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Nimbus (PC) Review

Attention fellow gamers! Brutal Gamer is about to introduce you to a deceptively simple little game that’s going to suck away all your free time for the foreseeable future. No need to thank me. Just imagining your lost productivity is all the thanks I need. Gamers, I give you–Nimbus.
Nimbus is a cool little puzzle/racing game from Swedish developer Noumenon Games that will reel you in with its deceptive simplicity, but keep you coming back for its fun and imaginative gameplay. You play as a cute, little bullet-shaped ship that has absolutely no propulsion of its own. You must bounce off buoyant platforms, jump into pipes, and shoot out of cannons–all in the ultimate goal of reaching those lovely checkerboard blocks at the finish of each level.  You can earn different cute, little bullet-shaped ships along the way, and switch back and forth between them as desired.  The look of Nimbus is very Mario-esque, filled with cartoony, tree-filled platforms topped with wavy green grass and blue skies. Everything is bright and colorful, with pipes to jump into and spikes to avoid, and the soundtrack fits dead-on with the retro Mario feel of the rest of the game. I am also reminded somewhat of World of Goo, as each level is basically short and sweet but must be solved in just the right way to advance. You can choose to play at 3 different difficulty levels: easy, normal, and hard. Playing at easy gives you infinite lives at each checkpoint, whereas normal only gives you 5. Hard gives you 0, so it’s best to start off slow and practice a bit at easy or normal before taking on the hard mode.
One of both the best and worst aspects of this game are the controls.  The entire control scheme is keyboard-based; no mouse necessary. This is all good though, because the gameplay is quite simple and really wouldn’t lend itself well to using a mouse anyway. You can use either w,a,s,d or the arrow buttons to control your little bullet-shaped ship through some very familiar looking levels. To add to the challenge of the game, the controls are specific to the ship, and not the level. By that, I mean that when you push left, your ship will fly to the ship’s left–not necessarily to the left of the screen. Getting used to that can be quite frustrating, and you’ll often get completely turned around–particularly when the ship is flying downward. It is a good frustration though, as it makes the game a bit more challenging. The ship operates on the basic principles of physics, and will bounce at proportionate angles, lose speed as it ascends, and increase speed as it falls. The down arrow acts as a brake, and you can use it to slow the ship’s descent. You can also use the left and right arrows to sort of dip up and down to accelerate a bit on long stretches. My one real complaint with the controls would be the placement of the restart level as the CTRL key. CTRL, as you know, is right next to the arrow keys. Get a little excited in the middle of a tense level and you may find your fumbling fingers restarting the level just as it looks like you might actually finally conquer it. This happened to me an embarrassing amount of times, and it got no less irritating each time I managed to restart the level.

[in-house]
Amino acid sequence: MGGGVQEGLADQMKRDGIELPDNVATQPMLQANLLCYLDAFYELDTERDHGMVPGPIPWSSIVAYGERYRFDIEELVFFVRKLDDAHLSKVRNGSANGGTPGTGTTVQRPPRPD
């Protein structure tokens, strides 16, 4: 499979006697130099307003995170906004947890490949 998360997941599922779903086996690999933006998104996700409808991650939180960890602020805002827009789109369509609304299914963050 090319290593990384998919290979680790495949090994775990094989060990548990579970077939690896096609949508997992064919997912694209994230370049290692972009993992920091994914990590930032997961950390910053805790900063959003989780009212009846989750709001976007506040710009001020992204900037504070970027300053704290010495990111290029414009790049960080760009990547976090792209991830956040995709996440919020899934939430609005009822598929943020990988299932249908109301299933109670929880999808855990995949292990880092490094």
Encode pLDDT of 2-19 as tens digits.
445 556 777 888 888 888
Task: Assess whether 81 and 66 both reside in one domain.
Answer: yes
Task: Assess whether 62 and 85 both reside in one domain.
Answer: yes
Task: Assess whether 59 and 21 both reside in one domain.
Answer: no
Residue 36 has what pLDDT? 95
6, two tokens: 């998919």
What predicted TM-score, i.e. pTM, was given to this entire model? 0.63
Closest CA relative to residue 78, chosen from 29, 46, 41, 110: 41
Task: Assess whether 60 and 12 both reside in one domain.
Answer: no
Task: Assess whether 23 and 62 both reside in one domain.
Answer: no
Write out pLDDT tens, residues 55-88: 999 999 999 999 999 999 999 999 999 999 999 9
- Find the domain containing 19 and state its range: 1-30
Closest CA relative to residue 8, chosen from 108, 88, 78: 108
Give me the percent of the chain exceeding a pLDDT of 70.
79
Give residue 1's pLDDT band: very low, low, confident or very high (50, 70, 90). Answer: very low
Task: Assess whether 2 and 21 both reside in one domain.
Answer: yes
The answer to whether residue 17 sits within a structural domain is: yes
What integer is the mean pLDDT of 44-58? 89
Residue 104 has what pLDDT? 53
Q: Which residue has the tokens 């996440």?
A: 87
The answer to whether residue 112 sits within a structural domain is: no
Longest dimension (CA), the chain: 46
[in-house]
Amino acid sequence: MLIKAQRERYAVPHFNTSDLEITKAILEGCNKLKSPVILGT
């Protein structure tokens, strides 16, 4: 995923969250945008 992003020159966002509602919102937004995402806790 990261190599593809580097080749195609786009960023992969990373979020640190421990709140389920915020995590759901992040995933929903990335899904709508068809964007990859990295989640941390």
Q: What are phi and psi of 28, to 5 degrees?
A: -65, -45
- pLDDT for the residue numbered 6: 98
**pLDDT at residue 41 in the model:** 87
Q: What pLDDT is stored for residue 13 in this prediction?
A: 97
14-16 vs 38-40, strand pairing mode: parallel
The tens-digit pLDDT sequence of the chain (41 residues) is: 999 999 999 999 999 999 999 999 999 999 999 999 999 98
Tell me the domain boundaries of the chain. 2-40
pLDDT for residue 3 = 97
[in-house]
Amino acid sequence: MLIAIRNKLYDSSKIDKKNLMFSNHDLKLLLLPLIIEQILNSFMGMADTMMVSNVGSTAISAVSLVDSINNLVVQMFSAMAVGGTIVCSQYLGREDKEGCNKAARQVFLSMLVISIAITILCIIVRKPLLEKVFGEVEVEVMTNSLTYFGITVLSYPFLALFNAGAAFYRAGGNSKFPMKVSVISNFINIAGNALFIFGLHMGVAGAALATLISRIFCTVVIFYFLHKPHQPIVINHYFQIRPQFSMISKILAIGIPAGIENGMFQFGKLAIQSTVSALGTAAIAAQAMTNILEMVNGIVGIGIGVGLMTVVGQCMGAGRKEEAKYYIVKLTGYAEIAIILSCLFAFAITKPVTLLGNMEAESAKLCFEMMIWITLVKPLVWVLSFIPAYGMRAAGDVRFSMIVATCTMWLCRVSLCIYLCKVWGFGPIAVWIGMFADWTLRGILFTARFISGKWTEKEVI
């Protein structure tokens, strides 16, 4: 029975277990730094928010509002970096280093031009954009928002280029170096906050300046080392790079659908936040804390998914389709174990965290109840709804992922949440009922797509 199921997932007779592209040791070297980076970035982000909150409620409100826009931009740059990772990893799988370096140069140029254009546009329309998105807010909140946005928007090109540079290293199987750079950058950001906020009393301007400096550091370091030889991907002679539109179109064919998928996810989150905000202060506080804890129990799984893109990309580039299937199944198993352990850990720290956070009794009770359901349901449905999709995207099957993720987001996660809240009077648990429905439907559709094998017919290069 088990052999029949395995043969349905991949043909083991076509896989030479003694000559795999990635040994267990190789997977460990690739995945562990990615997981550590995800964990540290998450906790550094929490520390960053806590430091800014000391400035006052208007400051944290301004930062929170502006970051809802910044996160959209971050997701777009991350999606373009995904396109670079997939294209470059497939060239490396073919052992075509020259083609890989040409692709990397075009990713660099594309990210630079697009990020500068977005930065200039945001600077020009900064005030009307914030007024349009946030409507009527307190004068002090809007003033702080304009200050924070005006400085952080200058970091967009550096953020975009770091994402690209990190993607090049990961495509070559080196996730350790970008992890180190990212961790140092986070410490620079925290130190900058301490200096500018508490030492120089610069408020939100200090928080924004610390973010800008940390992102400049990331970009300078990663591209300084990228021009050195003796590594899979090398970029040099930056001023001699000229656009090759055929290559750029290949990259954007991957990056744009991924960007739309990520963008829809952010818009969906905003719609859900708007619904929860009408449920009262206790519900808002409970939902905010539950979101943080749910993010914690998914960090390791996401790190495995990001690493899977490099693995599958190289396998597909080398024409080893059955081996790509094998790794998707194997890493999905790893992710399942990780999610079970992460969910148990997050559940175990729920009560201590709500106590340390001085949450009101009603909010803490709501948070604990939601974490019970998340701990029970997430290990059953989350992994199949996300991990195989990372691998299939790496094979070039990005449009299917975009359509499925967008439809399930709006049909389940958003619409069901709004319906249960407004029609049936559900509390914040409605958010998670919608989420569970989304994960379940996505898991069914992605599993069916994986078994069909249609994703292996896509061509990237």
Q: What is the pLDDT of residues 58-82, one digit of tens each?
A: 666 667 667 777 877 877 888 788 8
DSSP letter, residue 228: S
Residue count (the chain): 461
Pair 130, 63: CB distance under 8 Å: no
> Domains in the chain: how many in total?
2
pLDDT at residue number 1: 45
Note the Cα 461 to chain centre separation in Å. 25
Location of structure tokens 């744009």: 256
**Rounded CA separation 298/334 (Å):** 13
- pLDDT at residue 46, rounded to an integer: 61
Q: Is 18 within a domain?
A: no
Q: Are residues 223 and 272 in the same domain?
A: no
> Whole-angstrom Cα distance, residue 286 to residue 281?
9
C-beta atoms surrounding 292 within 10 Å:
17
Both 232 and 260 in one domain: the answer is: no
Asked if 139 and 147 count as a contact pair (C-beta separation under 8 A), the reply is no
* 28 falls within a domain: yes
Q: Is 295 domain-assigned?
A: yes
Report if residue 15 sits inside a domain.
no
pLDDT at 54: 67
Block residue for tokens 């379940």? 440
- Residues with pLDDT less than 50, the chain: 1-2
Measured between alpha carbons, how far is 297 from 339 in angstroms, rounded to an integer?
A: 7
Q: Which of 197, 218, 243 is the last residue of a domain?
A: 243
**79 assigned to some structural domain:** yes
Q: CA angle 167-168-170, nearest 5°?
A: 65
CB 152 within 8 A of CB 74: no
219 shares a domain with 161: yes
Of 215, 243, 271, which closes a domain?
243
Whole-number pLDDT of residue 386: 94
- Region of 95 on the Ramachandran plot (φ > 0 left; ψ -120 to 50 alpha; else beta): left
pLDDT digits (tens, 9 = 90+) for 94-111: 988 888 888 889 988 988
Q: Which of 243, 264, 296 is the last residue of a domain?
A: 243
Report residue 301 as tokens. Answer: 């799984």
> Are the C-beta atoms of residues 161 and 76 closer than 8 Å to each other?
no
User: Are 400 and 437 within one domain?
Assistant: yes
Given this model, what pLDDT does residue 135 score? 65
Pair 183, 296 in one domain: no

There really isn’t any storyline to the game, and there is no tutorial at all other than than a natural progression of difficulty that helps you catch on to new skills quickly enough. But this is one of those rare games that really doesn’t need either one. You are bouncing off walls and shooting yourself out of cannon checkpoints; knowing why really wouldn’t anything to the gameplay, and trying to figure out where the heck you are supposed to go and what you should be doing is all part of the fun. The game is simple to learn, and easy enough to catch on to, yet is quite challenging and definitely won’t bore you. Nimbus is currently available for download via Steam for the price of $9.99 in the U.S. or £5.99 in the U.K., which makes it a relatively cheap way to kill a few hours.
Final Thoughts
Nimbus is a game that is ridiculously hard at times, and extremely frustrating….but addictively so. This is a game that screams “You almost got it!” and makes you want to try again. And again. And again. And no worries about finishing up a level and feeling satisfied. Each time you conquer a cute, little level, you will be treated to a lovely world scoreboard that will show you in fine detail just how much your time sucks compared to the rest of the world. You’ll be playing those levels over and over again, just to shave a few seconds off your time. I give Nimbus an 8 out of 10, and recommend it to fans of puzzle games, and anyone looking for an  economical and challenging diversion.

About Amy

U.S. Senior Editor/Deputy EIC at BrutalGamer, mother of 5, gamer, reader, wife to @MacAnthony, and all-around bad-ass (no, not really)

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